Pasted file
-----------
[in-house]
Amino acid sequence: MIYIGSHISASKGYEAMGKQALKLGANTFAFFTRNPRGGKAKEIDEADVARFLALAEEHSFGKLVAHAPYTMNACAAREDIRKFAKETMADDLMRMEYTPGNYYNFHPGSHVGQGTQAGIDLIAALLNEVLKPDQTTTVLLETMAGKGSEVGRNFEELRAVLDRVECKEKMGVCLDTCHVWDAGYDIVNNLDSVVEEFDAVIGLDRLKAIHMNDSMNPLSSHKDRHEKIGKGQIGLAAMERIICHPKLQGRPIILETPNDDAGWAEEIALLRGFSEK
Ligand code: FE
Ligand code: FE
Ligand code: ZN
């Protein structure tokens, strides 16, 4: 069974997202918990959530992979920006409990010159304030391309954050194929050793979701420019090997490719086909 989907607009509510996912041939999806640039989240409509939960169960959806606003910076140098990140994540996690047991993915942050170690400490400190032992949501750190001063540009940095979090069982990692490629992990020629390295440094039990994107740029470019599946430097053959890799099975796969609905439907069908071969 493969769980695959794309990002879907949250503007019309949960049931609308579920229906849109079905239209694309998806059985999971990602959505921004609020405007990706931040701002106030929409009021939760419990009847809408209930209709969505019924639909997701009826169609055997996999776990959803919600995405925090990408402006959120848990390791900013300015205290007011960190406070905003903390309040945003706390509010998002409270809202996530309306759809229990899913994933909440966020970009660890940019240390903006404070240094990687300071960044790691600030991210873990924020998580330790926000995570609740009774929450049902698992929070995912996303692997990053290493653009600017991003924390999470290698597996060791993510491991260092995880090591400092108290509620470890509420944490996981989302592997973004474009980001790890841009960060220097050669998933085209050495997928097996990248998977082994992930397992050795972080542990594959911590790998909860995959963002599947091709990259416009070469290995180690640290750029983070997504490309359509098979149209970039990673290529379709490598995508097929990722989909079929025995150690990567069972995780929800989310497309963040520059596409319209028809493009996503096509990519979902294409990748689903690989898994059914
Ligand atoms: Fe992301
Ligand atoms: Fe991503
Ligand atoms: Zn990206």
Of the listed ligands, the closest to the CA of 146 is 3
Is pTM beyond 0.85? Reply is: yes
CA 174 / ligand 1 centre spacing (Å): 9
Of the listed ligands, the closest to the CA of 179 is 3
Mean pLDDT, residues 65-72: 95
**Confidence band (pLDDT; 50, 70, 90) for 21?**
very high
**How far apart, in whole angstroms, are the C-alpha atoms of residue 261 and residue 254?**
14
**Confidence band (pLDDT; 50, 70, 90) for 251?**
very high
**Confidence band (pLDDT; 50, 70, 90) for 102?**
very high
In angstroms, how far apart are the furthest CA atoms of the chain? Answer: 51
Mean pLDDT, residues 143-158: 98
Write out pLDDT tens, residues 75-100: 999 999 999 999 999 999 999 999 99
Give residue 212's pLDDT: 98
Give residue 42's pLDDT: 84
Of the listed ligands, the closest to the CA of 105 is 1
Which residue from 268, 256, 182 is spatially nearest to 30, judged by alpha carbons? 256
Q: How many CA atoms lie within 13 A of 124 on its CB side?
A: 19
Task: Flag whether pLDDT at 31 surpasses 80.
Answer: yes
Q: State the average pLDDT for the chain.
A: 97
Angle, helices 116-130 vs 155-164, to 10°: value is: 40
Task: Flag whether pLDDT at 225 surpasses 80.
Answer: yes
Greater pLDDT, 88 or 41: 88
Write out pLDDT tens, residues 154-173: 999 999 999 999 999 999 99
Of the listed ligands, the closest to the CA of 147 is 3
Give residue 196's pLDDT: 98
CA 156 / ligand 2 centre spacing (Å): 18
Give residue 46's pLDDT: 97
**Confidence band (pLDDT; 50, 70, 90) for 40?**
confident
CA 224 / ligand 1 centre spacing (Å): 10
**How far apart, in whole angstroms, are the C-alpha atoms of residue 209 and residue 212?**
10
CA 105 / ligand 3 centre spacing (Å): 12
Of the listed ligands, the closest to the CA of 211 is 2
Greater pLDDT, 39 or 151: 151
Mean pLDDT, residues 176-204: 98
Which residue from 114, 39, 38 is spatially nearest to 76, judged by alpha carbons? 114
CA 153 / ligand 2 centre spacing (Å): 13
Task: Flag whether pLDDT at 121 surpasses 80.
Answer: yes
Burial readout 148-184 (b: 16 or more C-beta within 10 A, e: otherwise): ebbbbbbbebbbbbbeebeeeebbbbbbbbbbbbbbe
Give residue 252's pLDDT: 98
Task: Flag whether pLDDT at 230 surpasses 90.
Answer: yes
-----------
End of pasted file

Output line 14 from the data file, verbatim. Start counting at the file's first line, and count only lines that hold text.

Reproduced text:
Mean pLDDT, residues 65-72: 95